Mueller said that the deposition ‘should never have been filed’ to the case and the arguments for releasing it ‘don’t pass muster’
Judge Jose Cabranes said that in the deposition Maxwell refused to answer questions ‘about consensual sexual activities involving adults, isn’t that accurate?’
Mueller said: ‘Some of the questions we declined to answer but there were questions and answers given’.
He cited two parts of the deposition which he said showed there was ‘affirmative testimony about intimate matters’.
Mueller said: ‘There are cases where our client answers no to questions asking for intimate information and a denial of having engaged in certain intimate conduct is as revealing about intimate behavior as an admission to doing that conduct
‘To the extent there was I don’t remember answers or I’m not going to answers or no, the questions themselves, these were leading questions that presuppose and answer and presuppose an evidentiary basis for the answer. The questions themselves were problematic.
‘It’s akin to a ‘when did you stop beating your wife’ type question and there are lots of examples of that throughout the deposition’.
Judge Cabranes asked: ‘Is it fair to say your client did not deny knowledge of any activity involving underage minors or did she?’
Mueller said: ‘I’m hesitant to answer the question only because at the moment the deposition is sealed. I can try to speak in generalities to avoid revealing something that is for the moment sealed’.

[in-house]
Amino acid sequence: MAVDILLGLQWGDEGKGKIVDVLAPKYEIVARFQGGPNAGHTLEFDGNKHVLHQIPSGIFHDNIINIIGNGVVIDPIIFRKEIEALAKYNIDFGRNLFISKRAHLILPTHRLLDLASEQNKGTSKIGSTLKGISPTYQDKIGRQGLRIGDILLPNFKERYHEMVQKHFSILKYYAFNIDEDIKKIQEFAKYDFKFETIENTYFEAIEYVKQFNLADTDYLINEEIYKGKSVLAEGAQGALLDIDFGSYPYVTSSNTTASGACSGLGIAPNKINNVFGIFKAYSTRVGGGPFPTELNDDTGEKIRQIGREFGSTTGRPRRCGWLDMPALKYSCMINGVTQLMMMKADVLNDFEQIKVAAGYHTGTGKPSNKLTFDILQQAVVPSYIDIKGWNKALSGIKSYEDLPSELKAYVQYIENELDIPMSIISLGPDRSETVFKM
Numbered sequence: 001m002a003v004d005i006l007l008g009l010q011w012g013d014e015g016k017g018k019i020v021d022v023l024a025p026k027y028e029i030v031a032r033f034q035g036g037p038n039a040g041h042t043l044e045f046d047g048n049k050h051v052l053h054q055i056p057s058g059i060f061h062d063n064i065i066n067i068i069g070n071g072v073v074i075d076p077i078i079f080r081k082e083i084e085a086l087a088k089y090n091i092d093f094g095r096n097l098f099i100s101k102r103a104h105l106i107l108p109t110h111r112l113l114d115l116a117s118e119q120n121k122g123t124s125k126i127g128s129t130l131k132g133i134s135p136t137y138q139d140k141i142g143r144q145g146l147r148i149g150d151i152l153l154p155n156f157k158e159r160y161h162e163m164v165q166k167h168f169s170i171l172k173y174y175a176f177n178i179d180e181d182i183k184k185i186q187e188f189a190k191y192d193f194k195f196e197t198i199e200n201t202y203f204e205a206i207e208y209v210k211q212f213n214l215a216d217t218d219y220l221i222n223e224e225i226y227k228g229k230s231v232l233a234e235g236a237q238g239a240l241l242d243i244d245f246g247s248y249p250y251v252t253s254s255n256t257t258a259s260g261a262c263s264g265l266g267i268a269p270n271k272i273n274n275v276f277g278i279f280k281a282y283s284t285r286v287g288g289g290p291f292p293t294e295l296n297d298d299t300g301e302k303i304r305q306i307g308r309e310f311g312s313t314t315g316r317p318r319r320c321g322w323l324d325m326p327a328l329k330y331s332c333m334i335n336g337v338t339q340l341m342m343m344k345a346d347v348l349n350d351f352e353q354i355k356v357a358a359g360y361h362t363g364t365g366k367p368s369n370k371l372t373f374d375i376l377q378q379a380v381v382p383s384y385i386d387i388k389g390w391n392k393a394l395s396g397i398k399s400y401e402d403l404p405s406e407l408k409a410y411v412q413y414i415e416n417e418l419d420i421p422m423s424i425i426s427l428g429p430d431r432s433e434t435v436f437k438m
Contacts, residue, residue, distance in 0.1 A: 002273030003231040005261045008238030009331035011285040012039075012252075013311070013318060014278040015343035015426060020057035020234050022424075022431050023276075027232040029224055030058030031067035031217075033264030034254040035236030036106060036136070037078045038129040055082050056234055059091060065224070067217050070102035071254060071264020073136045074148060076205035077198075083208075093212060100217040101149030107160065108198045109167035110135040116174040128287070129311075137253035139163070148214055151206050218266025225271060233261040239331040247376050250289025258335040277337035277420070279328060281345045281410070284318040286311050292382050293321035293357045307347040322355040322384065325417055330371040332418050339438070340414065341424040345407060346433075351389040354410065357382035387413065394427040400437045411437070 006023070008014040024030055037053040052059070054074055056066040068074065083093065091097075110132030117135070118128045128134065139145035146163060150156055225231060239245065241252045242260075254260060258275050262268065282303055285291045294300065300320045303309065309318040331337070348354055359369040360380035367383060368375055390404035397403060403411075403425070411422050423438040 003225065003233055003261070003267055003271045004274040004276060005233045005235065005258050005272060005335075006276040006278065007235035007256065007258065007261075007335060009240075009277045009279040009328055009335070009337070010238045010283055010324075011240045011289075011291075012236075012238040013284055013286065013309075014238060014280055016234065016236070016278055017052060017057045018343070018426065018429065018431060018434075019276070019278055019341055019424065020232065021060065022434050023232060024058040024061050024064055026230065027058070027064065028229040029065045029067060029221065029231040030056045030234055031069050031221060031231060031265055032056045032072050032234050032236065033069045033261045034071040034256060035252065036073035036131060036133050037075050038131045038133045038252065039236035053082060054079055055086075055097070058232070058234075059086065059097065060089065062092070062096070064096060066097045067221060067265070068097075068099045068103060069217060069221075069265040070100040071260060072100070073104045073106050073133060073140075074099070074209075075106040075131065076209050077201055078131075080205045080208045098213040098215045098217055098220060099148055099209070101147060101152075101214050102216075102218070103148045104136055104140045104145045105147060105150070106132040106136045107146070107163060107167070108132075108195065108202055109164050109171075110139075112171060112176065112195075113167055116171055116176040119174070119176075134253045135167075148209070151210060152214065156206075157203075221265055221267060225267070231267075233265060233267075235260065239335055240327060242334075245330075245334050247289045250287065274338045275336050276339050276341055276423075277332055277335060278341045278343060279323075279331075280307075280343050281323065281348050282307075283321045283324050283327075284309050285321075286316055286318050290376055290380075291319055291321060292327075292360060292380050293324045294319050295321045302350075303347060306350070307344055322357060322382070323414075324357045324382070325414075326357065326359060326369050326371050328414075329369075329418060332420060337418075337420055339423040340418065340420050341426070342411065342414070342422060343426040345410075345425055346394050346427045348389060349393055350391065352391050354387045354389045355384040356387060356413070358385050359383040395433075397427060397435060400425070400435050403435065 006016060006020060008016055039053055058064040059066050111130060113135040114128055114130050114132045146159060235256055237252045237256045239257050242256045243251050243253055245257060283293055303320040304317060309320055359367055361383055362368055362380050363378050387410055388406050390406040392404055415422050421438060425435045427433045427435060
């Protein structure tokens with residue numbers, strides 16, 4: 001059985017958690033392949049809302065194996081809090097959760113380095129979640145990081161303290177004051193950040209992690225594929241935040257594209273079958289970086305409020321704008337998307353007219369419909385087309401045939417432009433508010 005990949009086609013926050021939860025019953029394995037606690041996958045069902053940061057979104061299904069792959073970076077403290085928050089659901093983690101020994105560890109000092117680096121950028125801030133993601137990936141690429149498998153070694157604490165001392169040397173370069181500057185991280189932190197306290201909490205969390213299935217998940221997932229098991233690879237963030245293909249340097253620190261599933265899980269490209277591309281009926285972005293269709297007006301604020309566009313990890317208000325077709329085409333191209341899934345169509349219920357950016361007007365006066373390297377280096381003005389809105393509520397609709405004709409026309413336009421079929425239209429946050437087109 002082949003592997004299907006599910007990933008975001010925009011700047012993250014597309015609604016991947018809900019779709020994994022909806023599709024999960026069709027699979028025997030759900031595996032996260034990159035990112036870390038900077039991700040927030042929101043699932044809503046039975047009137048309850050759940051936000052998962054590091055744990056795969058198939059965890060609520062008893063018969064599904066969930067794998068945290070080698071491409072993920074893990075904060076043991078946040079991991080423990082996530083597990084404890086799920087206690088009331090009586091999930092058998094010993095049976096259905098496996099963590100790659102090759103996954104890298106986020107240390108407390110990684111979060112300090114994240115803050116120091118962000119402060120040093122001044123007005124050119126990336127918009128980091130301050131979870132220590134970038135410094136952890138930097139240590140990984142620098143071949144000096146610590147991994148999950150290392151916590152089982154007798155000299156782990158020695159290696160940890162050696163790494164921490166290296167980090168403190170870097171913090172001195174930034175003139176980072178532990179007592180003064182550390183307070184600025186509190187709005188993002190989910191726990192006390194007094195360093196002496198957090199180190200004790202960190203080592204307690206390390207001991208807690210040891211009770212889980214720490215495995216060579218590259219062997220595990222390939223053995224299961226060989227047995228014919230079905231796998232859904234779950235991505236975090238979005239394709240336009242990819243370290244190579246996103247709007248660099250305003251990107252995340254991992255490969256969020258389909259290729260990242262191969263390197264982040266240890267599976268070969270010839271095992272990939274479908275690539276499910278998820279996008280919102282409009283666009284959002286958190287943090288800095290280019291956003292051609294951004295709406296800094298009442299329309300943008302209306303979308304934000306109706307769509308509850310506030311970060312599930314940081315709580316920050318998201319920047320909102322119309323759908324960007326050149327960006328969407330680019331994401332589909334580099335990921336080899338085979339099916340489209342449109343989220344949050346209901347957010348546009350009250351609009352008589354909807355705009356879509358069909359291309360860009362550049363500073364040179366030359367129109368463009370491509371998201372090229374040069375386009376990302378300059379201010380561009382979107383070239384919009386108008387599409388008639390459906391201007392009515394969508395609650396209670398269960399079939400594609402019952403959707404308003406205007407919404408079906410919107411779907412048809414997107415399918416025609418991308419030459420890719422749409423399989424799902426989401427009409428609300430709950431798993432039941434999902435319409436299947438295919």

Maxwell, 58, is currently in jail awaiting trial on charges that she lured girls as young as 14 to Jeffrey Epstein to abuse between 1994 and 1997
The documents that have been released already have given crucial new insight into the Epstein case.
The first batch was unsealed last August and in them Giuffre named a slew of famous men who were allegedly involved in the abuse of girls by Epstien.
They included former US Senate Majority Leader George Mitchell, Epstein’s attorney Alan Dershowitz, billionaire financier Glenn Dubin, former New Mexico Gov. Bill Richardson, the late MIT scientist Marvin Minsky and modeling agent Jean-Luc Brunel.
A second tranche of documents was made public in July this year and included an email sent from Maxwell to Epstein in January 2015 when Giuffre filed a bombshell affidavit detailing her allegations.
In the message Maxwell urged Epstein to go public about a British girlfriend of his in an apparent attempt to discredit the allegations against him.
Epstein emailed Maxwell: ‘You have done nothing wrong and I would urge you to start acting like it. Go outside head high not as an escaping convict’.
The latest development comes after the New York Daily News reported that lawyers for Epstein and Maxwell’s alleged victims tried to get the same prosecutors who brought charges against them to do so back in 2016.
David Boies, who represents Giuffre among other Epstein victims, pleaded with Amanda Kramer, the top human trafficking prosecutor in the Southern District of New York, four years ago.
He said that they could ‘establish beyond any reasonable doubt there was a massive sex trafficking ring going on’ but Kramer balked.
She reportedly said that ‘this has already been looked into’, referring to the 2007 plea deal Epstein reached with federal prosecutors in Florida.
Under that sweetheart arrangement Epstein served just 15 months in jail but Kramer was apparently reticent about second guessing the work of her colleagues in Florida.
It was not until the Miami Herald’s report in 2018 that Epstein was finally arrested by prosecutors in the Southern District of New York in July 2019.
Epstein hanged himself weeks later while awaiting trial and Maxwell was arrested in July this year, almost a year to the day that Epstein was apprehended.
She denies all allegations against her and is due to stand trial next summer.